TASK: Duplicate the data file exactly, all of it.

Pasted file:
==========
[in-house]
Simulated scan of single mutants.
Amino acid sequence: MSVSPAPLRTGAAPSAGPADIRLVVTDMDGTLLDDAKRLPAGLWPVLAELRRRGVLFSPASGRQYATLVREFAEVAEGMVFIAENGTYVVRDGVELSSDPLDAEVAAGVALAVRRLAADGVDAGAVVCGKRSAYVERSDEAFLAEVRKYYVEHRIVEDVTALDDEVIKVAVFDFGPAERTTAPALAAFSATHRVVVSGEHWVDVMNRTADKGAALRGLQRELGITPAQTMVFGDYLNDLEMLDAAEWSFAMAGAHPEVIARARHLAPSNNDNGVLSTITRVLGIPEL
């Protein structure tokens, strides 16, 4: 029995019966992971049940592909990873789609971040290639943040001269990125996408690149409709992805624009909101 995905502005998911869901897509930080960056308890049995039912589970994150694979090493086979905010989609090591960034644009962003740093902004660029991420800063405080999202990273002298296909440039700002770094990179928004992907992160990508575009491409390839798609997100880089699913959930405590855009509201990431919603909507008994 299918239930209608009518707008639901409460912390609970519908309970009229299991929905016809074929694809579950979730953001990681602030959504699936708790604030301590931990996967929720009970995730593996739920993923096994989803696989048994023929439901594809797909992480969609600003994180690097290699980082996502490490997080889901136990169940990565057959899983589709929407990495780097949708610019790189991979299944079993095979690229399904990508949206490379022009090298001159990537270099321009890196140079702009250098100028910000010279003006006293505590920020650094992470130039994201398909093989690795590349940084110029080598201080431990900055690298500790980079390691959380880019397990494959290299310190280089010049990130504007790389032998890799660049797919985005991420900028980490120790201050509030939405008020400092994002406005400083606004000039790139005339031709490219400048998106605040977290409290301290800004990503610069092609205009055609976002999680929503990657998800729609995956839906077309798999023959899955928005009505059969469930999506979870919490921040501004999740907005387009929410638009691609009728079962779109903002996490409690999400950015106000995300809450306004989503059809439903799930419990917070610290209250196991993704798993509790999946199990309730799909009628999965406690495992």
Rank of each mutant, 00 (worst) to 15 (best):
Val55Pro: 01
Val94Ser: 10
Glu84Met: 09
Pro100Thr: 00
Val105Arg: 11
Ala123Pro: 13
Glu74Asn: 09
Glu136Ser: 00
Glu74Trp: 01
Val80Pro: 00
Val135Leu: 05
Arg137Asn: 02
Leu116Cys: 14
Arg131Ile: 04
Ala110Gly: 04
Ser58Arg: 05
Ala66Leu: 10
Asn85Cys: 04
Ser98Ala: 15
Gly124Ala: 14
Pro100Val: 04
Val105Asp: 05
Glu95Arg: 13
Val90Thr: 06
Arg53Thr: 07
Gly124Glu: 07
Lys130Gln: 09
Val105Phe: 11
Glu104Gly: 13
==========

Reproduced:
[in-house]
Simulated scan of single mutants.
Amino acid sequence: MSVSPAPLRTGAAPSAGPADIRLVVTDMDGTLLDDAKRLPAGLWPVLAELRRRGVLFSPASGRQYATLVREFAEVAEGMVFIAENGTYVVRDGVELSSDPLDAEVAAGVALAVRRLAADGVDAGAVVCGKRSAYVERSDEAFLAEVRKYYVEHRIVEDVTALDDEVIKVAVFDFGPAERTTAPALAAFSATHRVVVSGEHWVDVMNRTADKGAALRGLQRELGITPAQTMVFGDYLNDLEMLDAAEWSFAMAGAHPEVIARARHLAPSNNDNGVLSTITRVLGIPEL
């Protein structure tokens, strides 16, 4: 029995019966992971049940592909990873789609971040290639943040001269990125996408690149409709992805624009909101 995905502005998911869901897509930080960056308890049995039912589970994150694979090493086979905010989609090591960034644009962003740093902004660029991420800063405080999202990273002298296909440039700002770094990179928004992907992160990508575009491409390839798609997100880089699913959930405590855009509201990431919603909507008994 299918239930209608009518707008639901409460912390609970519908309970009229299991929905016809074929694809579950979730953001990681602030959504699936708790604030301590931990996967929720009970995730593996739920993923096994989803696989048994023929439901594809797909992480969609600003994180690097290699980082996502490490997080889901136990169940990565057959899983589709929407990495780097949708610019790189991979299944079993095979690229399904990508949206490379022009090298001159990537270099321009890196140079702009250098100028910000010279003006006293505590920020650094992470130039994201398909093989690795590349940084110029080598201080431990900055690298500790980079390691959380880019397990494959290299310190280089010049990130504007790389032998890799660049797919985005991420900028980490120790201050509030939405008020400092994002406005400083606004000039790139005339031709490219400048998106605040977290409290301290800004990503610069092609205009055609976002999680929503990657998800729609995956839906077309798999023959899955928005009505059969469930999506979870919490921040501004999740907005387009929410638009691609009728079962779109903002996490409690999400950015106000995300809450306004989503059809439903799930419990917070610290209250196991993704798993509790999946199990309730799909009628999965406690495992």
Rank of each mutant, 00 (worst) to 15 (best):
Val55Pro: 01
Val94Ser: 10
Glu84Met: 09
Pro100Thr: 00
Val105Arg: 11
Ala123Pro: 13
Glu74Asn: 09
Glu136Ser: 00
Glu74Trp: 01
Val80Pro: 00
Val135Leu: 05
Arg137Asn: 02
Leu116Cys: 14
Arg131Ile: 04
Ala110Gly: 04
Ser58Arg: 05
Ala66Leu: 10
Asn85Cys: 04
Ser98Ala: 15
Gly124Ala: 14
Pro100Val: 04
Val105Asp: 05
Glu95Arg: 13
Val90Thr: 06
Arg53Thr: 07
Gly124Glu: 07
Lys130Gln: 09
Val105Phe: 11
Glu104Gly: 13